Whilst sole traders generally pay themselves directly out of any business profits, there are more options available to the  owners of limited companies. This creates greater opportunities for tax efficiency and planning. 

As well as being able to pay themselves like employees through PAYE, a company shareholder (who may also be the  sole director and owner, particularly in smaller companies) can also, or alternatively, draw dividends. 

Furthermore, directors’ loans are available, as are a variety of employee expenses, all of which can go towards an overall  ‘package’ of benefits.  

Taking a salary from a limited company 

Company owners of SMEs will often be directors as well as employees. Just as any other employee in the business,  company directors can draw a regular monthly salary through the Pay As You Earn (PAYE) system. 

Salaries are counted as allowable business expenses, so the payment of salaries has the effect of reducing the amount of  corporation tax payable. However, paying a high salary can be less tax efficient than drawing dividends. 

Registering for PAYE 

If you have not done so, company directors must first register as an employer with HM Revenue and Customs (HMRC)  to draw a salary. This is the case even if there is just a single director who also owns the company. 

PAYE registration should generally take place before the first payment, and not more than two months before this first  payment. 

What taxes need to be paid under PAYE? 

Salaried directors will be taxed at source, through the PAYE system, just as any other employee. Income tax and National  Insurance Contributions (NICs) must be deducted, along with additional employer’s NICs, and paid to HMRC. 

Some directors opt to limit their salaries to the NIC threshold, or the personal allowance (i.e. income tax threshold), and  to draw further payments via dividends, for the purposes of tax efficiency. 

Claiming expenses and benefits from a limited company 

Some business owners will decide to make substantial use of expenses and benefits, as an addition or alternative to  salary and dividends. There are a whole variety of expenses and benefits which may be claimed by company directors,  including but not limited to:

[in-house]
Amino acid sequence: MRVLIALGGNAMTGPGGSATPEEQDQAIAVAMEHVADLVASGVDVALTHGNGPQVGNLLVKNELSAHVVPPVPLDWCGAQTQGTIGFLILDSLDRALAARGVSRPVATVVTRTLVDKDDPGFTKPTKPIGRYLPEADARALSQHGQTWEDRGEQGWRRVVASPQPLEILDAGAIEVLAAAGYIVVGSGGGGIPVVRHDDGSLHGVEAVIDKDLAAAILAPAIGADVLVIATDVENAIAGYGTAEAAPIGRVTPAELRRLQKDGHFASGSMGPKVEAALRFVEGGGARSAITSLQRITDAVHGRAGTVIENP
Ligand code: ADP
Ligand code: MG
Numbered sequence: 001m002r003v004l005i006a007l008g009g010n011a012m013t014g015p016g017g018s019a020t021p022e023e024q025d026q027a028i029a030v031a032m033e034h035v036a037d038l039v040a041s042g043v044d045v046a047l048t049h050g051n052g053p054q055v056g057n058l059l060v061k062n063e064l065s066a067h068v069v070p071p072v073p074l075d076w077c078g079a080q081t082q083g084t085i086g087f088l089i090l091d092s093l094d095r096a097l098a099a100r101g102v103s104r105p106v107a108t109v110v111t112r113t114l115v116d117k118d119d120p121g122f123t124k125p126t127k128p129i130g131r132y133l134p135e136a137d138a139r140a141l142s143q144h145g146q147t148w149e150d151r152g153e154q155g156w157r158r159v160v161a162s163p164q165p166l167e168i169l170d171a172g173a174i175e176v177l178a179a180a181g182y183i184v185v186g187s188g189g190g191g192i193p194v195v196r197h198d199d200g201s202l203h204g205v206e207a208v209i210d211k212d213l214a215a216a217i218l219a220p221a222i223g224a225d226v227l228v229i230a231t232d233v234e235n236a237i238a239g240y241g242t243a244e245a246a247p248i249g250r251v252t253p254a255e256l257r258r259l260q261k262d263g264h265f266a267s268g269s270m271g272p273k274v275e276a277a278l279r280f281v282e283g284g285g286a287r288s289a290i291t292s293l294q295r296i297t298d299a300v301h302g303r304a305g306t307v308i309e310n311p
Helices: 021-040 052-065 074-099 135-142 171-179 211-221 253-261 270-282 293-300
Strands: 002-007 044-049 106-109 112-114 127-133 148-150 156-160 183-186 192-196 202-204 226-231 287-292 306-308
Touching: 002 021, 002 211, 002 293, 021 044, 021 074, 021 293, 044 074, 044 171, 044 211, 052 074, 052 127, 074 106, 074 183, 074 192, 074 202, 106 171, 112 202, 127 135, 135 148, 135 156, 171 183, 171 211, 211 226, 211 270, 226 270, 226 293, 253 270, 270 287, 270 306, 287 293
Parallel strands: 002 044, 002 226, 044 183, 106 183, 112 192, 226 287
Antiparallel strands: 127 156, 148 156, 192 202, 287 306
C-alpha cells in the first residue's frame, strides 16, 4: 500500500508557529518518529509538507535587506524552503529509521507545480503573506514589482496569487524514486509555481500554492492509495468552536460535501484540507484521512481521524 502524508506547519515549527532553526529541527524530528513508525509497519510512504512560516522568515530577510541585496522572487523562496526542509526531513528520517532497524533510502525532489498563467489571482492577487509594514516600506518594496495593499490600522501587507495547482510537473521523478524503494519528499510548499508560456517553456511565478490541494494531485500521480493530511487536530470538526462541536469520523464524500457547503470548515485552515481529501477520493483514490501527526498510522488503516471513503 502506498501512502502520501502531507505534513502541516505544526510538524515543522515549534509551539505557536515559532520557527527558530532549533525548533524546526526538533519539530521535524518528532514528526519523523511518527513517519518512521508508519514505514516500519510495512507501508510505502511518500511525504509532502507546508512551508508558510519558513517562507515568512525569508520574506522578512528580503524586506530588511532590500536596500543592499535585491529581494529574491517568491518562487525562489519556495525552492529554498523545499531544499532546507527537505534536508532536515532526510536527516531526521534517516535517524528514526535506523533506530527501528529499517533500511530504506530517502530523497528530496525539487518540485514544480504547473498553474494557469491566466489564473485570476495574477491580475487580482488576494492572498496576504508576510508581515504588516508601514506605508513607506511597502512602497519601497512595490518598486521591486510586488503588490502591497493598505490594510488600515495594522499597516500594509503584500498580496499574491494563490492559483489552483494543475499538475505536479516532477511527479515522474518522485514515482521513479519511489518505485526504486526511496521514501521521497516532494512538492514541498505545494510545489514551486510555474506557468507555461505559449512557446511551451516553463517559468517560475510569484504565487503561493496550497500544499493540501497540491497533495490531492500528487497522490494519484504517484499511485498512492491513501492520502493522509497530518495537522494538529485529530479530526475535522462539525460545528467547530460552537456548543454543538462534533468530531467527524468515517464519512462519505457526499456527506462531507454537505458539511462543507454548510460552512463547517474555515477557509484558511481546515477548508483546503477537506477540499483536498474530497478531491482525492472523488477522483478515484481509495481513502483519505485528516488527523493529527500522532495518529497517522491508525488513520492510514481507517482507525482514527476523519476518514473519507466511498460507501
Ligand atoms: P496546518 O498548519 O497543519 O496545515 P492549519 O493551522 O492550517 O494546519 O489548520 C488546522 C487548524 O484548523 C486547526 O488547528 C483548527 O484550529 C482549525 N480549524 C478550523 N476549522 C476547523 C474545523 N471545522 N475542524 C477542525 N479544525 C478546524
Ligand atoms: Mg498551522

• Pension and retirement benefits schemes 
  • Computers and office equipment 
  • Training costs 
  • Company cars 
  • Fuel expenses and parking charges
  • Medical insurance 
  • Travel expenses, meals and entertainment costs 
  • Childcare

What tax needs to be paid on expenses? 

Each type of expense or benefit is subject to a different amount of tax and some are tax free (e.g. certain childcare  expenses*). Taxes on employee benefits should be reported to HMRC where necessary and paid accordingly under  PAYE. 

How is tax paid on expenses? 

Taxes on expenses can be paid as part of the PAYE system, on a monthly basis, together with the payment of salaries. 

Additionally, employers must send HMRC details of any expenses and benefits which have been provided to employees  or company directors (and their family or household), in the form of an end-of-year expenses and benefits report. 

Record keeping of expenses and benefits. 

It is vital that full records of any benefits and expenses paid to directors and employees are retained for 3 years from the  end of the tax year to which they related. 

HMRC may request to see these records as part of an inspection. Records retained should include: 

  • date and details of every expense or benefit which has been provided 
  • any information needed to work out the amounts which appeared on end-of-year (P11D) forms any payment contributed by directors or employees to an expense or benefit

Any correspondence with HMRC in relation to benefits and expenses should also be retained. 

Drawing dividends from a limited company 

SMEs often have a single shareholder who also acts as sole director and essentially owns and controls the entire company. 

What is a dividend? 

A dividend is essentially a payment made to company shareholders out of profits. They generally need to be made equally to all  shareholders, on the basis of the proportion of shares held. 

Dividend payments cannot exceed company profits from current and previous financial years. 

How are dividends paid out? 

A directors’ meeting must be held to ‘declare’ the dividend payment and minutes of the meeting must be retained – even in the  case of a sole director. 

In respect of each dividend payment made, a dividend voucher must be written up and include:

  • the company name 
  • date of dividend payment 
  • names of shareholder(s) being paid a dividend
  • the total amount of dividend being paid out